Legends Of Indexing: David Blitzer

January 23, 2015

Do you think the industry has gotten too diverse and complex?
I don't know about the industry. Clearly the investment options have gotten increasingly diverse and increasingly complex, and I think this is generally true, and not just of products that track indexes. For example, futures traded on the VIX—there is nothing wrong with those, but there are investors who shouldn't trade these because they don't have the experience and the understanding of futures markets and the understanding of the characteristics of the VIX.

The flip side is somebody who wants to set aside a little money for the long term and invest, but is not an investment professional or an experienced investor, can buy a low-fee fund that tracks the S&P 500 and own a portfolio of 500 well-known substantial companies. That's the triumph of indexing.

What do you see as being left for indexing in terms of growth, asset classes, strategies, innovations? What do you see as the problems left to solve?
If you look at Bob Shiller's original hope for what is now the S&P/Case-Shiller Home Price Indexes, it was the idea that here is an approach or an analytical method called indexing, and not only are we going to turn it into something that you can build financial products on, but we're going to do it in a way that people can use it to manage their risks. One of his goals was that people would be able to look at some of the major financial risks that they face and have ways to manage those risks. They might decide not to use the products or not to hedge something, but at least they would have the option to do so.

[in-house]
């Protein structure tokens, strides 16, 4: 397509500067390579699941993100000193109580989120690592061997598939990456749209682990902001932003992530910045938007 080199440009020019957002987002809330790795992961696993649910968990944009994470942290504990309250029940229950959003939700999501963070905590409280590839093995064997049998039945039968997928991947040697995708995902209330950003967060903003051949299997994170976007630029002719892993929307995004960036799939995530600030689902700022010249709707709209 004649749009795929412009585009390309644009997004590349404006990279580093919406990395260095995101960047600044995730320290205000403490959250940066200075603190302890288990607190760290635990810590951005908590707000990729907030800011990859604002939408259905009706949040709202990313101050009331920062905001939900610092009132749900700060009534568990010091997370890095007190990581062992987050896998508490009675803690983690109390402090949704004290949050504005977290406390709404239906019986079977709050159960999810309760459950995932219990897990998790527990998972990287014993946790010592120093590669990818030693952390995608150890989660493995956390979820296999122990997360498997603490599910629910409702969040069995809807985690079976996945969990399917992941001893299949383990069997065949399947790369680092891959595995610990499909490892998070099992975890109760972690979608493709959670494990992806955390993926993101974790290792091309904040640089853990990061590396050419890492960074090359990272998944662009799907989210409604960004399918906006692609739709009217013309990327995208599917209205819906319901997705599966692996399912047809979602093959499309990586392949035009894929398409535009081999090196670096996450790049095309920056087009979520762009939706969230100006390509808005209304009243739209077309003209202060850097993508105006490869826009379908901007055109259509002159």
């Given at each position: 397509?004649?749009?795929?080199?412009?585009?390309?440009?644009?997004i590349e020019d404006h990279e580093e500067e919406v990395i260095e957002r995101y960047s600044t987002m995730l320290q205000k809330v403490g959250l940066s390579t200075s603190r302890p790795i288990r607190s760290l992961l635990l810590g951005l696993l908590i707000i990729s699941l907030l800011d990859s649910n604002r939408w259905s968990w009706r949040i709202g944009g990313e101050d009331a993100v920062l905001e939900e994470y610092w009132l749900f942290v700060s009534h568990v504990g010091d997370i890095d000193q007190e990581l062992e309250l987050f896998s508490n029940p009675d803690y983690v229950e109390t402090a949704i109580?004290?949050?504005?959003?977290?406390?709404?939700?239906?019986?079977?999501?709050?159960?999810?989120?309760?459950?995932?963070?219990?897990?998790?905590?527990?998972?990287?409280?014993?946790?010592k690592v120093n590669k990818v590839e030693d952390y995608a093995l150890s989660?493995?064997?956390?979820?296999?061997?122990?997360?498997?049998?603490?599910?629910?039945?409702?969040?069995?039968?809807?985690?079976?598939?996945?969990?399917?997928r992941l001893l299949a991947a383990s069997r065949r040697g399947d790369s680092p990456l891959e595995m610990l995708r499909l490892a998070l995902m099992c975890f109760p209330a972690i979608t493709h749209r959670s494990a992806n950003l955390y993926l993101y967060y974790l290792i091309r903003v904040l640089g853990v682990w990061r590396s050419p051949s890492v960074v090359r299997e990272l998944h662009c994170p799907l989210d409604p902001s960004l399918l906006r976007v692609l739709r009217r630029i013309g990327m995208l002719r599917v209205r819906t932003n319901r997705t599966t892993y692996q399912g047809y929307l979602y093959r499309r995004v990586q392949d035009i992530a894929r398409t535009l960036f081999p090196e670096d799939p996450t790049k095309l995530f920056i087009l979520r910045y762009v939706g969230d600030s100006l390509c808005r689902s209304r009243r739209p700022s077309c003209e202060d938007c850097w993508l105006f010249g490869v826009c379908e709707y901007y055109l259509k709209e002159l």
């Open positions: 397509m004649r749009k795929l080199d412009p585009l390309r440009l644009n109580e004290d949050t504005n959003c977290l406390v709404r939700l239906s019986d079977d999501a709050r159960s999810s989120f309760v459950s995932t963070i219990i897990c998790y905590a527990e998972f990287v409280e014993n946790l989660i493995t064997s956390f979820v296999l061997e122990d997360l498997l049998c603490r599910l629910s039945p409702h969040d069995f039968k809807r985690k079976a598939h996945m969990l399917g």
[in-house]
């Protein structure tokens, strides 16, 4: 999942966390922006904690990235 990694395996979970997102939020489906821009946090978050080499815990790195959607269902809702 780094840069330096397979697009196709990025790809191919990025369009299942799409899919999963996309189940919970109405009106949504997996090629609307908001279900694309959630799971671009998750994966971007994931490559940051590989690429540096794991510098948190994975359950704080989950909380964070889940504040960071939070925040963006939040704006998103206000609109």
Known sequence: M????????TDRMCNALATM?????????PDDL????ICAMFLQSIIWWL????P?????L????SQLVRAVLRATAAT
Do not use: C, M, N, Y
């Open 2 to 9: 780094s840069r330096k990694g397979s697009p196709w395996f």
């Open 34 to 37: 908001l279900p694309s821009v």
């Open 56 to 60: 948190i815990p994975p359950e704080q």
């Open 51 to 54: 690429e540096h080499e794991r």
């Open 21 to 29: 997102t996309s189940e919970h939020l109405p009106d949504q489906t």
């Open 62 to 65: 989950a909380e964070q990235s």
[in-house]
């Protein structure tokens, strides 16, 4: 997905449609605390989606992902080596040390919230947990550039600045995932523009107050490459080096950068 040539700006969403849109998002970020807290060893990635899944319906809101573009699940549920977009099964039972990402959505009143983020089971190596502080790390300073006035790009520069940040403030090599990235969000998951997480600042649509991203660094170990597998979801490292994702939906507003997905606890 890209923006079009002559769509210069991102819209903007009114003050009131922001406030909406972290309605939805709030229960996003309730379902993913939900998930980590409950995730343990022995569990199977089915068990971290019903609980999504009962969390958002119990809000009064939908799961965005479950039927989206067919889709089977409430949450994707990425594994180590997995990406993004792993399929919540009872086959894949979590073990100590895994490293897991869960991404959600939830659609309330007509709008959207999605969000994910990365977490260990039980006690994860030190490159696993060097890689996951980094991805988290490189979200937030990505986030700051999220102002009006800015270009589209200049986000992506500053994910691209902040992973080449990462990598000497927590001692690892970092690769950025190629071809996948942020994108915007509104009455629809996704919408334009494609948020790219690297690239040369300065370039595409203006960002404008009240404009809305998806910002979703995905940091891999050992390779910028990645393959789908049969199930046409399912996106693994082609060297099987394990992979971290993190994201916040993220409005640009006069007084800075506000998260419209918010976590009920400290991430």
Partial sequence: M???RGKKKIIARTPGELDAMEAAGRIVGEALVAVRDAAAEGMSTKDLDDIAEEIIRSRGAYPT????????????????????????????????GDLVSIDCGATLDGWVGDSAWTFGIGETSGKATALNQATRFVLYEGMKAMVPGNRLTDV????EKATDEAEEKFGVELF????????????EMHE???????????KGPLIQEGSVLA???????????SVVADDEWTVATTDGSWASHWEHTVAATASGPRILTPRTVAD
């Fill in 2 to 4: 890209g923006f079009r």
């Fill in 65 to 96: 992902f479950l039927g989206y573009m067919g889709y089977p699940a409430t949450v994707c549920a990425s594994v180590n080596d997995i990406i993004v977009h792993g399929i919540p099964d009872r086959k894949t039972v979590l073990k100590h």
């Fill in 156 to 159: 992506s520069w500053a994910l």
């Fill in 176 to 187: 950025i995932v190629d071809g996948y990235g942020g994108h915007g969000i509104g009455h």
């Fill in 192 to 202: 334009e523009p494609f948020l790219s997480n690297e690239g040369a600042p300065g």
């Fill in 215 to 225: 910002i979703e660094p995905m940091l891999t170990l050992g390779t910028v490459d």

Clearly, we're looking at housing, and we're active in the area. We're also looking at some other things. We have indexes tracking health care expenses, for example; corporations would be able to hedge some of their health care expenditures, a substantial risk for many employers. If they could hedge, they might be likely to give better employee benefits.

That is an area where we have barely scratched the surface—to look at things in the economy that we can develop indexes for and thereby make them much easier to understand and make it easier to manage the risks they represent.

New financial asset classes—I'm not sure there is a whole lot there. There have been indexes of foreign exchange rates for years. The Fed publishes a bunch of them. Nobody trades them, because it's easier to get trades through foreign exchange.

Fixed income is pretty well covered, including credit default swaps. Equities are clearly well covered. Commodities are well covered. I touched on real estate and medical expenses. There are probably some other categories there, and we will see proposals for these things.

What role does indexing play in your own portfolio?
First, S&P won't let me buy or hold individual stocks. My investments that I easier to manage directly are in exchange-traded funds. I also have some money in a portfolio that only holds ETFs that is managed by an outside, independent manager. The only stock I own directly is McGraw-Hill Financial [which owns S&P Dow Jones Indices]. Usually I look at that and say, "Nobody should be heavily concentrated in the company he works for, because he already has a big bet on that company." I tend to diversify away from that. And it's not an investment opinion on McGraw-Hill. It's an investment opinion on diversification.



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